Wednesday, 13 March 2013

The Watcher - Being Human S05E06, "The Last Broadcast"

When we last looked in on Being Human, just over a year ago, the show had undergone a difficult rebirth that saw most of the original cast replaced with new or returning characters. It was an awkward and tricky transition, best summed up by Stefan thusly: "Overall a difficult start to the series, with way too many changes and new characters to fit in, but by the third episode I think you will start to relax and come to like the new dynamic."

In fact, as the fifth and sadly now final season began, I was eagerly looking forward to more bickering from Hal and Tom. New ghost Alex completed the mix, a welcome return for Kate Bracken as Alex having already made three appearances in the previous season. It's been a tight, cohesive run of episodes deftly introducing the key elements and antagonists that lead to the end, without skimping on strong character moments and compelling drama along the way.

So long guys, you'll be greatly missed.

The introduction of the Barry Grand Hotel gave the characters a great new location to inhabit, with stand out moments such as the Employee Of The Month competition and the fate of poor Bobby occurring within it's walls. Not to mention, "the fucking Devil, sweetheart!" Old Nick himself, bound in the body of a madman and left to decay into an eternal pensioner, known simply as Captain Hatch. After four preceding seasons of vampires, werewolves, ghosts and even one occurrence of zombies, it seems fitting that the final villain is Satan.

With our Honolulu Heights heroes assembled and the ultimate evil trundling around the Barry Grand Hotel in a wheelchair, the six episode arc had a mysterious wildcard in the shape of one Mr Rook - first seen in the season four finale - the head of the Men In Grey. Fittingly positioned between the black and white of the other characters, Rook is the face of the modern Briton in this final season. Beset by Tory cutbacks, he's essentially a good man, but a self-serving man. In his desperation he makes increasingly morally dubious decisions - from his use of the clueless underdog turned unstable Type 2 known as Crumb, to the aforementioned Bobby, and finally using the lovely Natasha against his better judgement - culminating in an unwitting deal with the actual Devil.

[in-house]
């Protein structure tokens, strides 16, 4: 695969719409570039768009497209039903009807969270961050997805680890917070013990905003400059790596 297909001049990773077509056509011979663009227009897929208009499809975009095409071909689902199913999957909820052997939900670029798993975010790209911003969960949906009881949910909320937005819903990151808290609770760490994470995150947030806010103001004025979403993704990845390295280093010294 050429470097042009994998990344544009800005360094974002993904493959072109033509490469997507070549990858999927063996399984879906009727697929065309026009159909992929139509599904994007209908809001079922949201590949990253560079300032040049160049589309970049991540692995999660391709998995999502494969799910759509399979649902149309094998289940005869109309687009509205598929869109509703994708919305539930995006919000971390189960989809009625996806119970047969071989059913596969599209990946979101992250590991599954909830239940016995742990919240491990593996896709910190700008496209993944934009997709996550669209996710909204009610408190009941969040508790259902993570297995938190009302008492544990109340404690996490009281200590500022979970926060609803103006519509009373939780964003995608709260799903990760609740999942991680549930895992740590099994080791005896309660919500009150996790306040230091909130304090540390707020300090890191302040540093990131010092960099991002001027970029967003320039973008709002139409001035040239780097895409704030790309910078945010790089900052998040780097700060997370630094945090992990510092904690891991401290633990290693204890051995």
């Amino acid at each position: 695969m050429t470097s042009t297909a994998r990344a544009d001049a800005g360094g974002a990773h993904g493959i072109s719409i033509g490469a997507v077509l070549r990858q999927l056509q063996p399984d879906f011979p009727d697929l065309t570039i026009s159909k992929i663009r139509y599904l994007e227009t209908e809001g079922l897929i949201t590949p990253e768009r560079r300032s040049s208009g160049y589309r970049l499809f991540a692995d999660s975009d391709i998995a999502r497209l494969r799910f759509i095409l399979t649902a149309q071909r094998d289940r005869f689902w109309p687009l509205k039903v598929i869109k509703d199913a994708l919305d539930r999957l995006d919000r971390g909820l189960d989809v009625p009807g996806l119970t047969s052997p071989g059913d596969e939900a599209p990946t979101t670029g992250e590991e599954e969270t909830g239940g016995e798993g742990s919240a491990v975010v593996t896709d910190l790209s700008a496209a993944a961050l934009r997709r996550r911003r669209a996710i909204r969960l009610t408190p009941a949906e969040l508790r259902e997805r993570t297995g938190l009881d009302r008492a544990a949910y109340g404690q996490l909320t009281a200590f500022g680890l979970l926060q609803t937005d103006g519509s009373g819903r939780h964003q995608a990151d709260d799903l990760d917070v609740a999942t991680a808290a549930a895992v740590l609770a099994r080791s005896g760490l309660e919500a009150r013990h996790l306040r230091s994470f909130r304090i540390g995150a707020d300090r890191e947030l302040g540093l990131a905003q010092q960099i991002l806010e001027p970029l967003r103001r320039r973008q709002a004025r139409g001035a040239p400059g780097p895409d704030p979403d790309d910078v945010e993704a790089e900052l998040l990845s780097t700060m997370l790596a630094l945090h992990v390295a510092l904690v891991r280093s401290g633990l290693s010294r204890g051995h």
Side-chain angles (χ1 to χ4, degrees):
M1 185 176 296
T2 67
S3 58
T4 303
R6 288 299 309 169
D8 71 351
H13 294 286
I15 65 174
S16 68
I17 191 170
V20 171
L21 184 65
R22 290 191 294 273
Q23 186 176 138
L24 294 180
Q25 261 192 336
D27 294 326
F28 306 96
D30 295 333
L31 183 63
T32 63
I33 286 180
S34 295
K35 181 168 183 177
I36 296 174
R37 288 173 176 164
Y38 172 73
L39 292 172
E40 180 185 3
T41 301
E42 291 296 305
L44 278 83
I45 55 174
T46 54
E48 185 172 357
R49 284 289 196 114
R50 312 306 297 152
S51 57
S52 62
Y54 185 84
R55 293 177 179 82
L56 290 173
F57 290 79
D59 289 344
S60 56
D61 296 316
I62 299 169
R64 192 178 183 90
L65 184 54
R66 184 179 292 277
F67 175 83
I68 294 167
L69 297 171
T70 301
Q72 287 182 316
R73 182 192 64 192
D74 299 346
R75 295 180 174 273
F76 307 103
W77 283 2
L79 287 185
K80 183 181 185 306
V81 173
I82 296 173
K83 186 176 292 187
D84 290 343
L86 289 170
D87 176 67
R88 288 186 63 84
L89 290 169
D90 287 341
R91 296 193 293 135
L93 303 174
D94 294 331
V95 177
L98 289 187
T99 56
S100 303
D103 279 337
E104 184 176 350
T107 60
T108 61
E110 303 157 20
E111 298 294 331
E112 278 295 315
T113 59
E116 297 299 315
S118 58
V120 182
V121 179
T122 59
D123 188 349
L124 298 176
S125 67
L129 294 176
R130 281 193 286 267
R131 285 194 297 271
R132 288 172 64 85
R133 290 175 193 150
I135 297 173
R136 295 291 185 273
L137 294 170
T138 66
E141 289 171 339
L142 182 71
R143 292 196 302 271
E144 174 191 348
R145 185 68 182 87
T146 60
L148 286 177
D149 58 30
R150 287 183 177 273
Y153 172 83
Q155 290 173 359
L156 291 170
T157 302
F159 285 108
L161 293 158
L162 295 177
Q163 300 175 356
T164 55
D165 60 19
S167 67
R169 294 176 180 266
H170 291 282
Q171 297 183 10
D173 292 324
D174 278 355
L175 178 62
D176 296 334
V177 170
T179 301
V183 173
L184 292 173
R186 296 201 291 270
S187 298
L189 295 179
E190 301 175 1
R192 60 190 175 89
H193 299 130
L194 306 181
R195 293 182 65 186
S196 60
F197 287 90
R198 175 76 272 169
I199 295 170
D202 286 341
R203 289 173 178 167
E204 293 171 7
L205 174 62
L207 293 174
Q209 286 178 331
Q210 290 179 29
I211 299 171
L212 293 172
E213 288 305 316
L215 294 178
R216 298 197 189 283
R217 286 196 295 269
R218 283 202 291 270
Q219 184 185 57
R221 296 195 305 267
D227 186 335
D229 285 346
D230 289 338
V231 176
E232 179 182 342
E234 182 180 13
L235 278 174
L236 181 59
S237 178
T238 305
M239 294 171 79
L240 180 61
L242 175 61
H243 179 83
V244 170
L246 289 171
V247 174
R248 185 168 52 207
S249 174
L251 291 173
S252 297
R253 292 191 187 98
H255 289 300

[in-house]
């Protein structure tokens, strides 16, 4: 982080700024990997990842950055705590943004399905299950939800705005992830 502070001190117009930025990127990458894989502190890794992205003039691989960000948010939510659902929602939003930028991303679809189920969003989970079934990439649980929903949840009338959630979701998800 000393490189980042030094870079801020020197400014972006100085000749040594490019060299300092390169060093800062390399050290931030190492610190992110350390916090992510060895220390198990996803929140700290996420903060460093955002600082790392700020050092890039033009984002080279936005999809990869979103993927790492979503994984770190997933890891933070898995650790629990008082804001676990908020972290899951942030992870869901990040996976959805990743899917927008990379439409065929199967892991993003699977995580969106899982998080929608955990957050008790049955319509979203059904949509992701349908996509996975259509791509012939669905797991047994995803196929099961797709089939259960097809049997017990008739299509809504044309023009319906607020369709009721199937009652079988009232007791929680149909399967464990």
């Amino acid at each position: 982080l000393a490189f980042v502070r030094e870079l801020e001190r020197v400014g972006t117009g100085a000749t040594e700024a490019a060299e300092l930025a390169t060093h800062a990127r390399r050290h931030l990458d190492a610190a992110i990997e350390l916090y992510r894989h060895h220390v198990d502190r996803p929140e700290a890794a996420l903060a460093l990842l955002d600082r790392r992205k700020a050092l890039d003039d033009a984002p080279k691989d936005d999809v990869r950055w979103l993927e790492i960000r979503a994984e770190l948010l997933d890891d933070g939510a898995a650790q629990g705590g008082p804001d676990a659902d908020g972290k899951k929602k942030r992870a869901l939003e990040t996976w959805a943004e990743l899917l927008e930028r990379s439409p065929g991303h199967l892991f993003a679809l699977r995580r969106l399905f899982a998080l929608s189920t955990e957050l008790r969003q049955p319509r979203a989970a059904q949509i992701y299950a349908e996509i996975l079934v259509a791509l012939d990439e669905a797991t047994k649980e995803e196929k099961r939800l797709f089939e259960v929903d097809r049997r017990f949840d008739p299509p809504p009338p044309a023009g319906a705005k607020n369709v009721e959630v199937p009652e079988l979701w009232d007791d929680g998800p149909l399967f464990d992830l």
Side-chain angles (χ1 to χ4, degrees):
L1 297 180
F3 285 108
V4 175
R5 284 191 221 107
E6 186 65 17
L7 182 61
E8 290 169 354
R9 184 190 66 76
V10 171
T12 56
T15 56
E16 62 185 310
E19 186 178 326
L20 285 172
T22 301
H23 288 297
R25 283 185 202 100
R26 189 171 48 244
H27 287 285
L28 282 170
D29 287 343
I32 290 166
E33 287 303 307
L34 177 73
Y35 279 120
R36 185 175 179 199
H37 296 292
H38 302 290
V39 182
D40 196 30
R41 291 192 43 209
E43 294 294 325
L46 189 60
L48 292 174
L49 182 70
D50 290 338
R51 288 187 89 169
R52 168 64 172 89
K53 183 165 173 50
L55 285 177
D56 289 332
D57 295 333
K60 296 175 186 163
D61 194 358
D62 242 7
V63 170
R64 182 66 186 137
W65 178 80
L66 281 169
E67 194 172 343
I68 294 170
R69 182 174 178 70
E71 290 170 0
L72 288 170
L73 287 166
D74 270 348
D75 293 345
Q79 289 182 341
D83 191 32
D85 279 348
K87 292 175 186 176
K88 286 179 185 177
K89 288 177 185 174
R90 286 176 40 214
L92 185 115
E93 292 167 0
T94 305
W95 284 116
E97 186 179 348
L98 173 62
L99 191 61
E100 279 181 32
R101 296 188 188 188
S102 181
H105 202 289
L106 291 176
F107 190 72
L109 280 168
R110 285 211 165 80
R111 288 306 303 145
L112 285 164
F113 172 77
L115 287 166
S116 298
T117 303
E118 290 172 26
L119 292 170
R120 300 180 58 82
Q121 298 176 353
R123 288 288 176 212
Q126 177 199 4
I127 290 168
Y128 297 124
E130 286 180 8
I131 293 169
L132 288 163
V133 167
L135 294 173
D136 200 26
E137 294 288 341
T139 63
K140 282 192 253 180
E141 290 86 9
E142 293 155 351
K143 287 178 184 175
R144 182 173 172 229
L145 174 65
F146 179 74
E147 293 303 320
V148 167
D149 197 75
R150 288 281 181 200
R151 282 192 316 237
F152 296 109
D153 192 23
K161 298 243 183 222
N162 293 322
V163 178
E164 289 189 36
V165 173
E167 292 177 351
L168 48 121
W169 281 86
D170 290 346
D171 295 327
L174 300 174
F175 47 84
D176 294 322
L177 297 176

All of this set the stage for our finale "The Last Broadcast", knowingly named with a wink and a nod by series creator Toby Whithouse. Opening with a delightfully fun musical number from Hal, this almost sold the one slightly clumsy element of this season - the revelation that Hal is akin to Angel from Buffy The Vampire Slayer, battling against his soulless alter ego Angelus. The good Hal/bad Hal dynamic is thankfully slightly more oblique and Damien Molony supplies an understated performance as a discretely more confident and vicious version of the same character. "Your friend is dead, " he calmly explains to Tom. "We wake up in the world the other has created around them."

Despite this new Hal, the Being Human Trinity reunites to stop Hatch - revealed as the source of all their curses - because the Apocalypse is bad for everyone. With the Four Horsemen dispensed with due to "budget cuts" (not even Hell is immune to spending reviews), the showdown occurs in a TV studio as Hatch prepares to whisper in the ear of the country through the emergency broadcast system. Or does it? Suddenly our protagonists are separated and dispatched to individual realities based on their past lives or in Tom's case, his secret hope for the future. These bottle worlds include welcome reappearances of Leo (Hal's former werewolf housemate) and Allison (Tom's geeky werewolf paramour).  It's a testament to the performances and writing behind these two characters that their brief moments in this final episode are so delightful.

The story doesn't end here though, as Whithouse has two more tricks up his sleeve. The Trinity escape Hatch's make-believe fantasies just in time to witness Rook seemingly save the day, complete with a wonderful moment as the human the Devil had been possessing is himself once more after so very long.  The poor madman gets a word or two before being shot in the head and the Devil flees in a manner that seems to be a homage to the demons in Supernatural.